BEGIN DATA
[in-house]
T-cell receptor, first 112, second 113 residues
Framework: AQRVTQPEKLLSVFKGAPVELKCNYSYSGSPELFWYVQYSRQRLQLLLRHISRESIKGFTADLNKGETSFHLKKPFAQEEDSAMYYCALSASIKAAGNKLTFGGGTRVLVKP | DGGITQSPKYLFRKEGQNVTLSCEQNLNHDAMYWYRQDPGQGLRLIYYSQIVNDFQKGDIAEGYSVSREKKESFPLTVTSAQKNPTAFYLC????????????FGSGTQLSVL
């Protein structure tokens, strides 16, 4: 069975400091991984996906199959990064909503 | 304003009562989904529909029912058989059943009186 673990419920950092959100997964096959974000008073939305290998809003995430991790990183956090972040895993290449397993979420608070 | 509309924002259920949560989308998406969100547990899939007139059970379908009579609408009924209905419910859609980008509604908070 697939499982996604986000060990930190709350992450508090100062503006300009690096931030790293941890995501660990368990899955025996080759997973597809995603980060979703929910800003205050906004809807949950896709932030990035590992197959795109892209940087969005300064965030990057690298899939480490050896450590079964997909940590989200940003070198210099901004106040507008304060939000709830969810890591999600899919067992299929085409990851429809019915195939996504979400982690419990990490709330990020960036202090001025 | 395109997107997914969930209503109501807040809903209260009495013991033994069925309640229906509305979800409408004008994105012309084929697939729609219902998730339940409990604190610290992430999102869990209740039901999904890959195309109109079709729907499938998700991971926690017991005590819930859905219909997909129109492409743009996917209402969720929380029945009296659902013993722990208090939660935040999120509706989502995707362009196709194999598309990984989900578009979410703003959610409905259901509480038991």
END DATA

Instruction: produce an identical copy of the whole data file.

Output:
[in-house]
T-cell receptor, first 112, second 113 residues
Framework: AQRVTQPEKLLSVFKGAPVELKCNYSYSGSPELFWYVQYSRQRLQLLLRHISRESIKGFTADLNKGETSFHLKKPFAQEEDSAMYYCALSASIKAAGNKLTFGGGTRVLVKP | DGGITQSPKYLFRKEGQNVTLSCEQNLNHDAMYWYRQDPGQGLRLIYYSQIVNDFQKGDIAEGYSVSREKKESFPLTVTSAQKNPTAFYLC????????????FGSGTQLSVL
């Protein structure tokens, strides 16, 4: 069975400091991984996906199959990064909503 | 304003009562989904529909029912058989059943009186 673990419920950092959100997964096959974000008073939305290998809003995430991790990183956090972040895993290449397993979420608070 | 509309924002259920949560989308998406969100547990899939007139059970379908009579609408009924209905419910859609980008509604908070 697939499982996604986000060990930190709350992450508090100062503006300009690096931030790293941890995501660990368990899955025996080759997973597809995603980060979703929910800003205050906004809807949950896709932030990035590992197959795109892209940087969005300064965030990057690298899939480490050896450590079964997909940590989200940003070198210099901004106040507008304060939000709830969810890591999600899919067992299929085409990851429809019915195939996504979400982690419990990490709330990020960036202090001025 | 395109997107997914969930209503109501807040809903209260009495013991033994069925309640229906509305979800409408004008994105012309084929697939729609219902998730339940409990604190610290992430999102869990209740039901999904890959195309109109079709729907499938998700991971926690017991005590819930859905219909997909129109492409743009996917209402969720929380029945009296659902013993722990208090939660935040999120509706989502995707362009196709194999598309990984989900578009979410703003959610409905259901509480038991």